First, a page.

A heart for others: CSER ignites attitudes of service

Service and screams — Scaremare is one of the ways that students are serving the community and sharing the gospel. Photo provided

More than 5,400 Liberty students volunteered about 132,000 hours of service to the local community in Fall 2010, according to Darren Wu, Liberty’s Christian/Community Service (CSER) coordinator. Last spring, more than 5,700 students volunteered just shy of 130,000 hours, Wu said.

According to an economic study released in 2010, Liberty students, faculty and staff contributed 674,879 CSER hours in 2009. The study showed that the average student volunteered 4.3 hours each month, and that the monetary value of those hours (at minimum wage in 2009) would come to $4.9 million.

About 10 years ago, the requirement for graduation changed from 40 hours per semester to 20 hours per semester, Director of Christian/Community Service Dr. Lew Weider said.

“For a long time, it was a minimum of three hours a week…over the years we recognized the diversity of our student body and the need for every single student to be doing something in a specific way for community service,” Weider said.

Weider said when the hours-per-semester requirement was reduced to 20 hours, administration took into consideration students with many commitments (such as members of sports teams or students with limited free time due to challenging courses) to determine the average one-and-a-half-hours per week that are now required. Weider said he believes the benefits of participating in CSER for students are multi-faceted.

“Number one, it gives them an opportunity to use their gifts to evangelize — they’re using their spiritual gifts to edify the body of Christ, or they can use those as a platform to lead someone to Christ,” Weider said. “Second, it’s an opportunity for them to gain experience, possibly in their field of study. So they’re learning, especially if they choose a CSER in their field of study. And it also enhances their resume and can provide experience in their field.”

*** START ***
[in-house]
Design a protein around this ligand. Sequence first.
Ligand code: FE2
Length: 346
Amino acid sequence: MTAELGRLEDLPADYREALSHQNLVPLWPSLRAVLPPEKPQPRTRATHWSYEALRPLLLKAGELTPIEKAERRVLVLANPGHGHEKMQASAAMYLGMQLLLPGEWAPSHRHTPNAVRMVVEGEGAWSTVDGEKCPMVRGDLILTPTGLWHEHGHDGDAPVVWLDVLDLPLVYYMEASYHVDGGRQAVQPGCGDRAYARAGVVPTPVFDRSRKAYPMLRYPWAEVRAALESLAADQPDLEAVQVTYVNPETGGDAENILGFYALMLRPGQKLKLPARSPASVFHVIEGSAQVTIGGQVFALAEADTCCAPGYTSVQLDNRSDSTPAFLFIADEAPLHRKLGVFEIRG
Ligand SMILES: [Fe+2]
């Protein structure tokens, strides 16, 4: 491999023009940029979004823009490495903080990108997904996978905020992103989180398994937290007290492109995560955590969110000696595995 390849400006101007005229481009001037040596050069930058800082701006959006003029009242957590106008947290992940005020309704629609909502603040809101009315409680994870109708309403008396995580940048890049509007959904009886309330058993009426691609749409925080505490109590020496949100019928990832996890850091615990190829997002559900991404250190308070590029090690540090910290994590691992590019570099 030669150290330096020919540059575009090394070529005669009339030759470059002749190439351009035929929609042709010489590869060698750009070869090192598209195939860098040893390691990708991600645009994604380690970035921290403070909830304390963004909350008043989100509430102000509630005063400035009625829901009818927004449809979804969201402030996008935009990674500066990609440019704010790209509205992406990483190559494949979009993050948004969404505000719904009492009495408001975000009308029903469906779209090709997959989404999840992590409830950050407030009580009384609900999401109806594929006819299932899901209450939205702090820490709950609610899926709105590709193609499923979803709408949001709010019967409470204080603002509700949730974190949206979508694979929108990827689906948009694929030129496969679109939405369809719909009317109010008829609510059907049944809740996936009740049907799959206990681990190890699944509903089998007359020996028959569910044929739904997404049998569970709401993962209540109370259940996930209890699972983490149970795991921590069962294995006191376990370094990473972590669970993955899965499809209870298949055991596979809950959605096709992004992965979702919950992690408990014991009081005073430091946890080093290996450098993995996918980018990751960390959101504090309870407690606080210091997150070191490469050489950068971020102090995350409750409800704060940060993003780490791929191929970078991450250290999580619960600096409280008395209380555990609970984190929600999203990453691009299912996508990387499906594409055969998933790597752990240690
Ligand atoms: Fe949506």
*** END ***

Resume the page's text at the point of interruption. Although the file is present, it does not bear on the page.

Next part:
There are three requirements that CSER service opportunities must meet: students cannot get paid, cannot receive scholarships and cannot receive academic credit.

Although every student must fulfill their CSER requirements to graduate, many students, such as sophomore Jill O’Dell, go above and beyond the requirement to serve others.

O’Dell recently volunteered with a group of 110 students on a five-day trip to Binghamton, N.Y. to help with diaster relief efforts after the town was damaged by Hurricane Irene and Tropical Storm Lee. She spent the majority of her time there cleaning houses with severe water damage so the owners could rebuild.

“It just sounded like a great opportunity to help, so I jumped on it,” she said. “It was hard, nasty, dirty work — but it was a great experience. I heard about (Hurricane Irene) for one day when it happened and then it left my mind, but these people lost their homes. The house my group worked on, the water went all the way up to the ceiling so the walls collapsed. They lost everything.”

Another opportunity for students to serve is coming up as Halloween gets closer — last year, Scaremare used nearly 250 volunteers, according to Kamilla Dening, who coordinates the use of CSER workers. As a result of that volunteer work, an estimated 3,000 people made professions of faith after visiting last year’s Scaremare, she said.

Each year, the Volunteer of the Year Christian Service Award is presented to a student whgo demonstrates excellence in Christian service and ministry. Students are nominated by their supervisors at the organizations where they volunteer.

For more information, visit www.liberty.edu/cser.

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